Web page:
Who Was Genghis Khan?

By Albert Lin, National Geographic emerging explorer

Ten thousand mounted riders race across a scorching desert, galloping into almost certain death against foes that outnumbered them a hundred to one. These riders, ready to die for their new lord, vanquished enemies and unified former rivals under a single banner as never before. In coming together, Mongolia’s warring clans formed a hammer that forged the greatest military domination the world has ever seen.

How did it come to be that nomadic herdsmen of the northern plains would accomplish more in a single generation than the Roman Empire did throughout its entire existence? Who was the individual who inspired such a movement, and what drove him to do so? This is the story of Genghis Khan (Chinggis Qan).

Mongolia Photo Gallery
Photo: A man cycles toward a campsite
One of the highest countries in the world, Mongolia is a land of harsh extremes—snowy mountains, wide expanses of grassy steppe, and windswept desert.

A Khan Is Born

Born in the late 12th century, Temujin, as he originally was named, spent his childhood as a student to the cruelty of the world. By his 16th birthday he had already experienced the murder of his father, the desertion of his family, and the life of an outcast barely sustained on hunting and gathering throughout Mongolia's harsh winters. But he did survive, and despite it all Temujin found love and married. As in so many great epics, it was the defense of this love that transformed the outcast into a legend.

At the lowest point in his life Temujin was forced to decide between accepting the fate of his wife, who had been kidnapped, or rising up against the churning tide of tribal warfare that had left him alienated, vulnerable, and alone. He chose action, deciding to end the warfare and unite the people of Mongolia under a single banner. This decision would define him and the political and military landscape of the world for hundreds of years to come.

The great warrior was successful—26 years later all of his tribal enemies were dead, and the people who remained gathered at a massive event (a khuritai) to recognize his greatness. The men who for generations had been at war among themselves laid down their arms to create a nation, one led by the man they now called Genghis Khan, the king of the ocean, the king of everything.

Creating an Empire

On that day in 1206 the world to the south had no notion of the wave of terror that would soon engulf them. Until now the disorganized tribes had been easily nullified, pinned against each other and exploited by the merchants and lords of the Silk Road. Surging out of the Gobi desert, Genghis's army fought not to supplement the wealth of a greedy king, but to define the way of life and the nation that their new lord had created. The same fire that had fueled the subjugation of tribes burned across the world. The khan had decided that coexistence could be obtained only by total domination.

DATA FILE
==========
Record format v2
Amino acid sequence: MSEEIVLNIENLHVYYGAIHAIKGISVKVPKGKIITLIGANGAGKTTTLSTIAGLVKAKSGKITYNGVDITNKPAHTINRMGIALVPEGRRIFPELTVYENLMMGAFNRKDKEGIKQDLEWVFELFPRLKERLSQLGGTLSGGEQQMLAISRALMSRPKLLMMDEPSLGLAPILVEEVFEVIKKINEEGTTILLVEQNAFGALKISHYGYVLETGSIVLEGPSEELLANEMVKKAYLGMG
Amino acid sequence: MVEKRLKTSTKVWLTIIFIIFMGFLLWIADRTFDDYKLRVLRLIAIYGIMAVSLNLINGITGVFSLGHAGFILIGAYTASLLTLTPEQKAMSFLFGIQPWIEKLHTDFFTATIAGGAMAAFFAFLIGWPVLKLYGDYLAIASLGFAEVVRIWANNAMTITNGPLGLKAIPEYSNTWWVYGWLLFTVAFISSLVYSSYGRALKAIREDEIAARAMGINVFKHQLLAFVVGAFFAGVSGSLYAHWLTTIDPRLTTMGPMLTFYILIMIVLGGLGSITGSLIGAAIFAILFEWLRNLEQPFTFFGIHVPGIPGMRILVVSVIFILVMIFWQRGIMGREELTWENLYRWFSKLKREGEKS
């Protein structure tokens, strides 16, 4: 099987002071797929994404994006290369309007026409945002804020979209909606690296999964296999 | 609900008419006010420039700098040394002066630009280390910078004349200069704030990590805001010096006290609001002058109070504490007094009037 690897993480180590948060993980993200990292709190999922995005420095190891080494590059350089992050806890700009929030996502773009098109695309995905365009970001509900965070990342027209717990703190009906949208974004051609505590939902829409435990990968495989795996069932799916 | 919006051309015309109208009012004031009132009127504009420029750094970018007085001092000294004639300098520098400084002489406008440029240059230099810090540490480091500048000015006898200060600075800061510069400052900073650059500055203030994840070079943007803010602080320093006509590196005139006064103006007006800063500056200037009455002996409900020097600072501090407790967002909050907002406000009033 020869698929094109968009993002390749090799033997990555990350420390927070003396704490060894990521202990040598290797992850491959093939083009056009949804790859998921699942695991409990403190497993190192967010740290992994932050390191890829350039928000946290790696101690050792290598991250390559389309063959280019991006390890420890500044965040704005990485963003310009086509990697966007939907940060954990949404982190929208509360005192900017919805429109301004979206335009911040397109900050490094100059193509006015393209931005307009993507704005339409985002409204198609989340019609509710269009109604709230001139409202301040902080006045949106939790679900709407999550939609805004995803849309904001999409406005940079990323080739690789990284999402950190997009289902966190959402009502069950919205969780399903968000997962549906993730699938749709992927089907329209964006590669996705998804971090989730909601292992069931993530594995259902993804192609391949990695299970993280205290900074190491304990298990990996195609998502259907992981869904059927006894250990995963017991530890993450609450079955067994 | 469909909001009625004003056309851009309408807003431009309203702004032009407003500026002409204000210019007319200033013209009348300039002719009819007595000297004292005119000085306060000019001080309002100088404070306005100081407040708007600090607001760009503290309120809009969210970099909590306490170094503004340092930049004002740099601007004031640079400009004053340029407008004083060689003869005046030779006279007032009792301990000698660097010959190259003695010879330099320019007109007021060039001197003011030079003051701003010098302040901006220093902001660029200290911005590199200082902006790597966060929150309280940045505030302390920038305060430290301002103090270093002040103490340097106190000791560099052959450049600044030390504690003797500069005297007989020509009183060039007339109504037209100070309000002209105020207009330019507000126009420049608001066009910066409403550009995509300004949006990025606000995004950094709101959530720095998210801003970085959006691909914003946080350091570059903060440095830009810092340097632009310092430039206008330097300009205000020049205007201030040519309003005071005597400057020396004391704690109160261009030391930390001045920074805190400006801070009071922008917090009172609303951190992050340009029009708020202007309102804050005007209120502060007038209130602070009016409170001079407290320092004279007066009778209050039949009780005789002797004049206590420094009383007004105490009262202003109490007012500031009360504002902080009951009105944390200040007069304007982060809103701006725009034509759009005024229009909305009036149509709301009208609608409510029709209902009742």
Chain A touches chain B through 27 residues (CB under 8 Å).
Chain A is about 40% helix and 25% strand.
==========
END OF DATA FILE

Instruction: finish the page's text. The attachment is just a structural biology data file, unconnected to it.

The campaign that followed conquered more lands and subjugated more people then any other in the history of the world. With an empire spreading from the Pacific Ocean to the Caspian Sea, Genghis's influence left its mark on most of the globe. Recently, a large-scale genetic study showed that roughly 16 million people today—about 0.5 percent of the world's male population—carry unique Y-chromosome markers that likely originated from Genghis. Yet no portrait exists of the man from his own time, and there are few firsthand written accounts of him.

The Mystery: Where Is His Tomb?

In August 1227, while leading a second campaign in China, Genghis died from reasons that remain unknown today. Speculations of the cause range from a fever that developed from an infected wound to a fall from his horse during a hunting accident. Even less is known about what happened to his body after his death. Some accounts have suggested a large elaborate burial near the sacred mountains of his youth. The site, however, has never been found—according to legend, all who attended Genghis's burial or witnessed the funeral procession were killed to maintain the secret of his tomb's location. Some have speculated that it lays beneath a river, some sources suggest it could be found near his birthplace, other sources indicate it was placed near his sacred mountain. Fascinatingly, none of the tombs of the 33 khans who followed Genghis have been found. Today, with remote sensing technology and the power of thousands of internet explorers like you, we have new noninvasive tools to find and preserve the legacy of one of the most important individuals in world history and his descendants—join us in the search of the Valley of the Khans.